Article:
Charlotte Lozier Institute

Phone: 202-223-8073
Fax: 571-312-0544

2776 S. Arlington Mill Dr.
Arlington, VA 22206

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Caring for Babies with Fetal Anomalies

Dive Deeper
What is a fetal anomaly?

A fetal anomaly is an unexpected condition in a baby that develops during pregnancy, sometimes referred to as a birth defect or congenital disorder. There are many different types of fetal anomalies, and they can occur during any stage of pregnancy. Some fetal anomalies have a genetic cause; others do not. And for many, the cause is unknown.

How is a fetal anomaly detected?

Medical advances, such as ultrasound and genetic testing, have allowed more and more fetal anomalies to be detected before birth. There are many methods for prenatal diagnosis, and some have significant limitations. For example, non-invasive prenatal screening (NIPS; also known as “NIPT”) is a common method used early in pregnancy to genetically screen babies for the presence or absence of a fetal anomaly before 10 weeks. NIPS analyzes the baby’s circulating DNA in the mother’s blood; however, the screen is not a definitive test and can only determine a baby’s risk of having a fetal anomaly. Plus, there is a significant chance the screening result is wrong. For this reason, a positive DNA NIPS result must be followed with more accurate testing to confirm the positive result. A DNA blood test performed after the baby is born can confirm a fetal anomaly. Confirming the positive result after birth avoids invasive prenatal testing during pregnancy, such an amniocentesis and chorionic villus sampling, which carry a risk for pregnancy loss.

Life-saving care for babies with a fetal anomaly

If a baby is prenatally diagnosed with a fetal anomaly, the mother and baby will likely be monitored closely during pregnancy by a maternal-fetal medicine (MFM) team. However, not all MFM teams see an intrinsic value in all lives. Thus, finding support early in this journey through organizations like “Be Not Afraid”1 can help the family navigate treatment options.

The journey of each baby with a fetal anomaly is unique and unlike any other, so each family deserves special attention. Some babies with fetal anomalies may have few complications, requiring little support.  Other babies will have more extensive complications and medical needs; but all are deserving of excellent medical care. For babies with spina bifida, congenital heart defects, and other specific conditions, in-utero surgery may be a treatment option that is done before birth. Babies with other serious congenital complications such as genetic disorders, rare syndromes, or anatomic abnormalities such as anencephaly where the baby’s brain does not form properly, may need considerable postnatal support. But frequently, it is impossible to know exactly what support or the extent of the support a baby will need until after birth.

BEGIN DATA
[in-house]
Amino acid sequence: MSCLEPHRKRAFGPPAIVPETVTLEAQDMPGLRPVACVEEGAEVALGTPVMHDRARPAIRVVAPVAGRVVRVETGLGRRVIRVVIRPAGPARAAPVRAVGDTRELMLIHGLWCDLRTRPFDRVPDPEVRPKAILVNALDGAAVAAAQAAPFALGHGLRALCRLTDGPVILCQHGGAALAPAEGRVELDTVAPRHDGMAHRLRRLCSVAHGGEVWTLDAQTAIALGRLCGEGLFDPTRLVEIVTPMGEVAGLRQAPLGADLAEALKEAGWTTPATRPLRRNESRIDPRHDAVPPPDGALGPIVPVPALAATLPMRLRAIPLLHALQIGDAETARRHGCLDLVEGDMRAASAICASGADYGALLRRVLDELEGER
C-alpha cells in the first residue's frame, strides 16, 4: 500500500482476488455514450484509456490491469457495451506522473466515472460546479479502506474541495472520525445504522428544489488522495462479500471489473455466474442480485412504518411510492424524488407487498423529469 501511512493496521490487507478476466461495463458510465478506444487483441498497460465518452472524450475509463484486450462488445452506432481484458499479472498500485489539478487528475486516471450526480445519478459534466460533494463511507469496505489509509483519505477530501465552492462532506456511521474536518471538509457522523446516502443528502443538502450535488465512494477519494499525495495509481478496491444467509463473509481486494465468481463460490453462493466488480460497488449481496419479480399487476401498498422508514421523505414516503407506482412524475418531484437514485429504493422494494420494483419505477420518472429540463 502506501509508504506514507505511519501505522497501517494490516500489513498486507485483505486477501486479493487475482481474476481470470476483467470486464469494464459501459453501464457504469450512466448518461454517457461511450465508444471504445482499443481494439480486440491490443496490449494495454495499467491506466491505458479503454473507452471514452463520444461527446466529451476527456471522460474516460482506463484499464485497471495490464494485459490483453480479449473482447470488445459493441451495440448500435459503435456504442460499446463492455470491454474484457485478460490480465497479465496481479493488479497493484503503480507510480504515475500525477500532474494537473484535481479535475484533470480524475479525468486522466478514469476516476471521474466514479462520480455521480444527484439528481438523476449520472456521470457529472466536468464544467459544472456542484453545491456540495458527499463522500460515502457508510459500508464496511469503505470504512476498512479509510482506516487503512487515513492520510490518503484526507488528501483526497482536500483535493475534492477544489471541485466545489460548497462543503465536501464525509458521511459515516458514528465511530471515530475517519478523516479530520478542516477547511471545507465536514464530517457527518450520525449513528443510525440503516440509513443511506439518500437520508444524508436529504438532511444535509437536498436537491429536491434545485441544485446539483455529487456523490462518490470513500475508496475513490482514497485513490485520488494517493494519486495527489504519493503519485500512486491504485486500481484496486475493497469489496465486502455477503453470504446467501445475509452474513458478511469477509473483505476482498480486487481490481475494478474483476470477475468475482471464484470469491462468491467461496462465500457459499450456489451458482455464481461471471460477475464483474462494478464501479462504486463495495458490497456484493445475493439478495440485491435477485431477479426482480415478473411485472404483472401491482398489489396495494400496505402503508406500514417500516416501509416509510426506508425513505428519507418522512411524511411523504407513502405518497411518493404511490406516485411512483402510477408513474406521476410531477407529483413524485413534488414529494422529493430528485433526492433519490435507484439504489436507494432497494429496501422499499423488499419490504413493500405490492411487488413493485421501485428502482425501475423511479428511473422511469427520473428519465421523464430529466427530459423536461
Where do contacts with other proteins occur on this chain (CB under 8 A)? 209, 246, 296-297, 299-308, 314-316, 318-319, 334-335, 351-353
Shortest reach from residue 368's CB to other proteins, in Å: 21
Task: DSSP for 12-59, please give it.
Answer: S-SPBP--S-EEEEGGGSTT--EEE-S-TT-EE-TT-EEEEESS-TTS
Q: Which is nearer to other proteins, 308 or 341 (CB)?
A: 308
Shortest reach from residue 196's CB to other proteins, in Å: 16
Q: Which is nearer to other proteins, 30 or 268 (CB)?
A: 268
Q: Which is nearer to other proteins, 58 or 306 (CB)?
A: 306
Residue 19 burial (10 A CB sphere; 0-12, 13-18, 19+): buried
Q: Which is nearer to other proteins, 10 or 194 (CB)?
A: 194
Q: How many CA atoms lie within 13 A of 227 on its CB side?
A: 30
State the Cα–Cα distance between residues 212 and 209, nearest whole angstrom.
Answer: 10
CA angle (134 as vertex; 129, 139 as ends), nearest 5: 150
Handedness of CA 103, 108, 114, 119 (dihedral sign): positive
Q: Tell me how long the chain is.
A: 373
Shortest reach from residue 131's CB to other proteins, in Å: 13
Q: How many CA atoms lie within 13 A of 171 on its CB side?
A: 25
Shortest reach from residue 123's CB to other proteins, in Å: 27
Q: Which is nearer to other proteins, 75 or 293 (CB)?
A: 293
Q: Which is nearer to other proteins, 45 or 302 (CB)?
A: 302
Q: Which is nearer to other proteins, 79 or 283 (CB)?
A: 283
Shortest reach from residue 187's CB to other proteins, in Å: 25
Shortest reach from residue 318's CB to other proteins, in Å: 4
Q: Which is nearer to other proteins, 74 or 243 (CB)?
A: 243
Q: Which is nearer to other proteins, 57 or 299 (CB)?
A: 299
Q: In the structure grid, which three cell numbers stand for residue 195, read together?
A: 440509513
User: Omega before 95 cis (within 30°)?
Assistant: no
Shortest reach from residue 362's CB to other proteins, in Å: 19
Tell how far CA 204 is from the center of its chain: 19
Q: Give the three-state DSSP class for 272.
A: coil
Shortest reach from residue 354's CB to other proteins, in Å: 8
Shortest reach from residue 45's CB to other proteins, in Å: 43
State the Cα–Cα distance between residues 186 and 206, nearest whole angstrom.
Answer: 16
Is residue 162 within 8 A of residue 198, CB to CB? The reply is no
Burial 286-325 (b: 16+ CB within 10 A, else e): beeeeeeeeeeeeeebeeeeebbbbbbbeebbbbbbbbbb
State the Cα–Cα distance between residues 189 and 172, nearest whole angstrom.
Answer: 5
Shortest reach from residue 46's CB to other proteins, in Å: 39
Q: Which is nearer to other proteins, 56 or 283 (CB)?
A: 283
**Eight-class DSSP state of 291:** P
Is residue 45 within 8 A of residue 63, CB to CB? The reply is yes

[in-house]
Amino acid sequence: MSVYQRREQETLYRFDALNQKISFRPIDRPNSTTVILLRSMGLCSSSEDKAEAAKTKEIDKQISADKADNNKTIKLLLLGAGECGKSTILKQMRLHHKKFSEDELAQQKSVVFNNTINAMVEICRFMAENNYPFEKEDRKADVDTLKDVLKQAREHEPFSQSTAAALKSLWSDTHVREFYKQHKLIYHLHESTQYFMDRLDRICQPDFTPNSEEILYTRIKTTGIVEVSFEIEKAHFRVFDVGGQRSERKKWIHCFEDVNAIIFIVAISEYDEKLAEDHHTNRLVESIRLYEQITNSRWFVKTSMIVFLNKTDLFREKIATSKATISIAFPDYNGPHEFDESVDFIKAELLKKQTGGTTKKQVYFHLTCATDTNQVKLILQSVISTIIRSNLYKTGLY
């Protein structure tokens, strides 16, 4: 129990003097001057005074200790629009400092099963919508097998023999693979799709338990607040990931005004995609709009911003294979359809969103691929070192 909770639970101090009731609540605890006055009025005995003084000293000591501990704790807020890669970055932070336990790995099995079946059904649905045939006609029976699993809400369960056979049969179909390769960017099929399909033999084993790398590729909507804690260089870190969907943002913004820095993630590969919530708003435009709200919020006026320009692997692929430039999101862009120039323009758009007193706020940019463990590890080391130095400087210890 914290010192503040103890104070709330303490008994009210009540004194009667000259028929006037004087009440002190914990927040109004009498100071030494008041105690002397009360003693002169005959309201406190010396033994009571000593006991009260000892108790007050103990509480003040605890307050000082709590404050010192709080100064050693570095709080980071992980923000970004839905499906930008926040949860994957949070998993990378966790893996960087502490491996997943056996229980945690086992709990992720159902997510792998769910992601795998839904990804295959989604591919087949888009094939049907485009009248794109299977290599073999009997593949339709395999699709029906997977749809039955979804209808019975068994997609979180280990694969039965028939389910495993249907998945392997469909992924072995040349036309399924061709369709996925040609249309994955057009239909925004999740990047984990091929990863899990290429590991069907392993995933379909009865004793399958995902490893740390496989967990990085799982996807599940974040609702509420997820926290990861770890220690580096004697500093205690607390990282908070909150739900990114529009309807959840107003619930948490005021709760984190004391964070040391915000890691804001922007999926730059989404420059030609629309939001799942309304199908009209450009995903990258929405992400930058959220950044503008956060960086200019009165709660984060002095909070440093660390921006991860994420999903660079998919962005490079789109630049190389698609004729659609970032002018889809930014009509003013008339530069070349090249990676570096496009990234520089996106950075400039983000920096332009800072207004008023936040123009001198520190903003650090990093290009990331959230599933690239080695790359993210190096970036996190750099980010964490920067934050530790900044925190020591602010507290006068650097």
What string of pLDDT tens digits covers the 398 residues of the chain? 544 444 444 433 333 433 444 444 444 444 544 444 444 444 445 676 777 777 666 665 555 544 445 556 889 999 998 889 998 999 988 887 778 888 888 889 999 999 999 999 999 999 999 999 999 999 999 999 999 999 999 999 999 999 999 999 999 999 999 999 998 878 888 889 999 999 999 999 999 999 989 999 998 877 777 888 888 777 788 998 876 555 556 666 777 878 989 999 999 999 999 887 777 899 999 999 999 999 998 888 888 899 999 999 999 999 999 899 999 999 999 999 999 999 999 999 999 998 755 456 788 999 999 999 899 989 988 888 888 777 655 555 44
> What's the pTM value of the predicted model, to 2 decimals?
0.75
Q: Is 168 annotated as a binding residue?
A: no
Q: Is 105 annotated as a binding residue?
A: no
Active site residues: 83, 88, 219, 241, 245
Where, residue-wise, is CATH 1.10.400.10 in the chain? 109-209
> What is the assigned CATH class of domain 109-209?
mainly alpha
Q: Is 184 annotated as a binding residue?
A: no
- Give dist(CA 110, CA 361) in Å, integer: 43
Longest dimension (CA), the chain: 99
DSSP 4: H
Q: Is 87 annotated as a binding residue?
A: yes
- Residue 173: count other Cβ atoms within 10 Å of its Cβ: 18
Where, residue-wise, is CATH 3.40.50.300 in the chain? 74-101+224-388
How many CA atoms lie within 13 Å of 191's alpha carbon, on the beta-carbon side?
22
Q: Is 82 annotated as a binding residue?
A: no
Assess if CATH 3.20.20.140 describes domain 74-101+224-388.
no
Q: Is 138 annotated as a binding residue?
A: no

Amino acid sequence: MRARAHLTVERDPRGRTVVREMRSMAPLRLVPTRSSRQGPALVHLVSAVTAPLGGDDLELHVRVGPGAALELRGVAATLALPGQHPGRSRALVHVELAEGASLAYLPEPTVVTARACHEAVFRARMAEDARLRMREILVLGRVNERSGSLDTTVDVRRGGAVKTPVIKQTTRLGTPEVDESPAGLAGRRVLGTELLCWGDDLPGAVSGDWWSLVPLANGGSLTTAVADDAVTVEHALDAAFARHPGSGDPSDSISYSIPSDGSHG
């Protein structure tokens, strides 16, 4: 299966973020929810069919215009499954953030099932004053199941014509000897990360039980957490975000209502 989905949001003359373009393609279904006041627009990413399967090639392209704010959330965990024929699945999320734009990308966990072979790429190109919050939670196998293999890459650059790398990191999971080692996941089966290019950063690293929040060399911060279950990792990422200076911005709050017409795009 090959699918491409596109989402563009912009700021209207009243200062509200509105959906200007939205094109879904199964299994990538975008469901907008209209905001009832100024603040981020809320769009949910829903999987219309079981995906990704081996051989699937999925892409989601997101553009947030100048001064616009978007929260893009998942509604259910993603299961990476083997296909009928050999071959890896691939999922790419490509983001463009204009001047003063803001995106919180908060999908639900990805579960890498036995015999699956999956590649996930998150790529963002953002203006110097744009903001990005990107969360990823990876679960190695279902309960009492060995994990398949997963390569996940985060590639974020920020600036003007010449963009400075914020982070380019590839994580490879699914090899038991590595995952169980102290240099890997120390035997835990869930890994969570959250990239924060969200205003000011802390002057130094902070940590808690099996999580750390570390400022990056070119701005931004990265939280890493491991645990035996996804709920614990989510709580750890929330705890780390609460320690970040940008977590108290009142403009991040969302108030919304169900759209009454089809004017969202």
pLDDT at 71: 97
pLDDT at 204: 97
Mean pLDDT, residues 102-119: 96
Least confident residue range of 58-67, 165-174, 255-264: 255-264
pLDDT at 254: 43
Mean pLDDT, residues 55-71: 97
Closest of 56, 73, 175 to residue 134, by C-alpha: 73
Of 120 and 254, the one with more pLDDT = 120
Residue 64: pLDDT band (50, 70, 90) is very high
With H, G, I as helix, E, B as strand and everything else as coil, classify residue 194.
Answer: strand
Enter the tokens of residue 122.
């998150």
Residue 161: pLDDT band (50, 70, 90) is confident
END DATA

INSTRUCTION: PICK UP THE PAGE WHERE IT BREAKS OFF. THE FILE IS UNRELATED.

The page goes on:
Since there is variability in diagnoses and outcomes, families that receive a prenatal diagnosis should consider all potential life paths for their baby. A fetal anomaly may be called “life limiting”, but this term can mean very different things for different babies. For example, a baby diagnosed with trisomy 13 or 18 might live 1, 5, 10 or 30 years, depending on the type and severity of the condition. Surviving children may or may not have profound disabilities, and many babies live longer when basic medical intervention is offered immediately after birth.2 Among children who undergo surgical interventions, 1-year survival can be high, and some children even survive for 10 years.3 Babies with trisomy 13 and 18 who have a congenital heart condition live even longer when they receive necessary medical care to surgically repair the heart defect. One study found that these patients on a corrective treatment pathway survive an average of 32 years, ranging from 11-53 years of age!4

In the end, no matter what the diagnosis is or whether a fetal anomaly exists or not, every child has undeniable purpose and meaning regardless of abilities or how long he or she lives. The intrinsic worth of a person is not governed by their capacity to do certain things. Receiving a prenatal diagnosis can be very traumatizing, so every family and their baby should be properly informed, nurtured, offered excellent medical care, and treated with love and dignity during every step of the way on this prenatal diagnosis journey.